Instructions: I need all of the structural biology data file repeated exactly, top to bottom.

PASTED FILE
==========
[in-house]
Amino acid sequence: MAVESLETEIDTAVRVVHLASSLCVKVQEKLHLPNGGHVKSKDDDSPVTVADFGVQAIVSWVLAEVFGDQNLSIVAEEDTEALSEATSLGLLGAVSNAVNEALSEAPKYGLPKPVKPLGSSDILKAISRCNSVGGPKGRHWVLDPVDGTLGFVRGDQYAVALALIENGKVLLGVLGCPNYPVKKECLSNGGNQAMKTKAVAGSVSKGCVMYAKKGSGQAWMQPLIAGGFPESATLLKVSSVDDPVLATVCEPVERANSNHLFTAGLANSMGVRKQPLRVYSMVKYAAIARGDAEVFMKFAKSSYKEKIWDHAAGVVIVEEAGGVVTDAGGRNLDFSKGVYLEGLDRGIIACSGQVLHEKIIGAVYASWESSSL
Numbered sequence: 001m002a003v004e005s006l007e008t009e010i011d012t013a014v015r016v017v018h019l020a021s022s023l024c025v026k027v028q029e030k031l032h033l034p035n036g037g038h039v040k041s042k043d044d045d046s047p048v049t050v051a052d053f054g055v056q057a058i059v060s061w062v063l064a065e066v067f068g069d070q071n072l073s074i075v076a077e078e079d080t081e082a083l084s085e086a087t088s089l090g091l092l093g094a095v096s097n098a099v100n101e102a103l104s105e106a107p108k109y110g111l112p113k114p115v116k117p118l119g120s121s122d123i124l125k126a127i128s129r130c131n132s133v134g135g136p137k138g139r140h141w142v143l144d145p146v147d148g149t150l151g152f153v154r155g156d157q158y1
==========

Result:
[in-house]
Amino acid sequence: MAVESLETEIDTAVRVVHLASSLCVKVQEKLHLPNGGHVKSKDDDSPVTVADFGVQAIVSWVLAEVFGDQNLSIVAEEDTEALSEATSLGLLGAVSNAVNEALSEAPKYGLPKPVKPLGSSDILKAISRCNSVGGPKGRHWVLDPVDGTLGFVRGDQYAVALALIENGKVLLGVLGCPNYPVKKECLSNGGNQAMKTKAVAGSVSKGCVMYAKKGSGQAWMQPLIAGGFPESATLLKVSSVDDPVLATVCEPVERANSNHLFTAGLANSMGVRKQPLRVYSMVKYAAIARGDAEVFMKFAKSSYKEKIWDHAAGVVIVEEAGGVVTDAGGRNLDFSKGVYLEGLDRGIIACSGQVLHEKIIGAVYASWESSSL
Numbered sequence: 001m002a003v004e005s006l007e008t009e010i011d012t013a014v015r016v017v018h019l020a021s022s023l024c025v026k027v028q029e030k031l032h033l034p035n036g037g038h039v040k041s042k043d044d045d046s047p048v049t050v051a052d053f054g055v056q057a058i059v060s061w062v063l064a065e066v067f068g069d070q071n072l073s074i075v076a077e078e079d080t081e082a083l084s085e086a087t088s089l090g091l092l093g094a095v096s097n098a099v100n101e102a103l104s105e106a107p108k109y110g111l112p113k114p115v116k117p118l119g120s121s122d123i124l125k126a127i128s129r130c131n132s133v134g135g136p137k138g139r140h141w142v143l144d145p146v147d148g149t150l151g152f153v154r155g156d157q158y1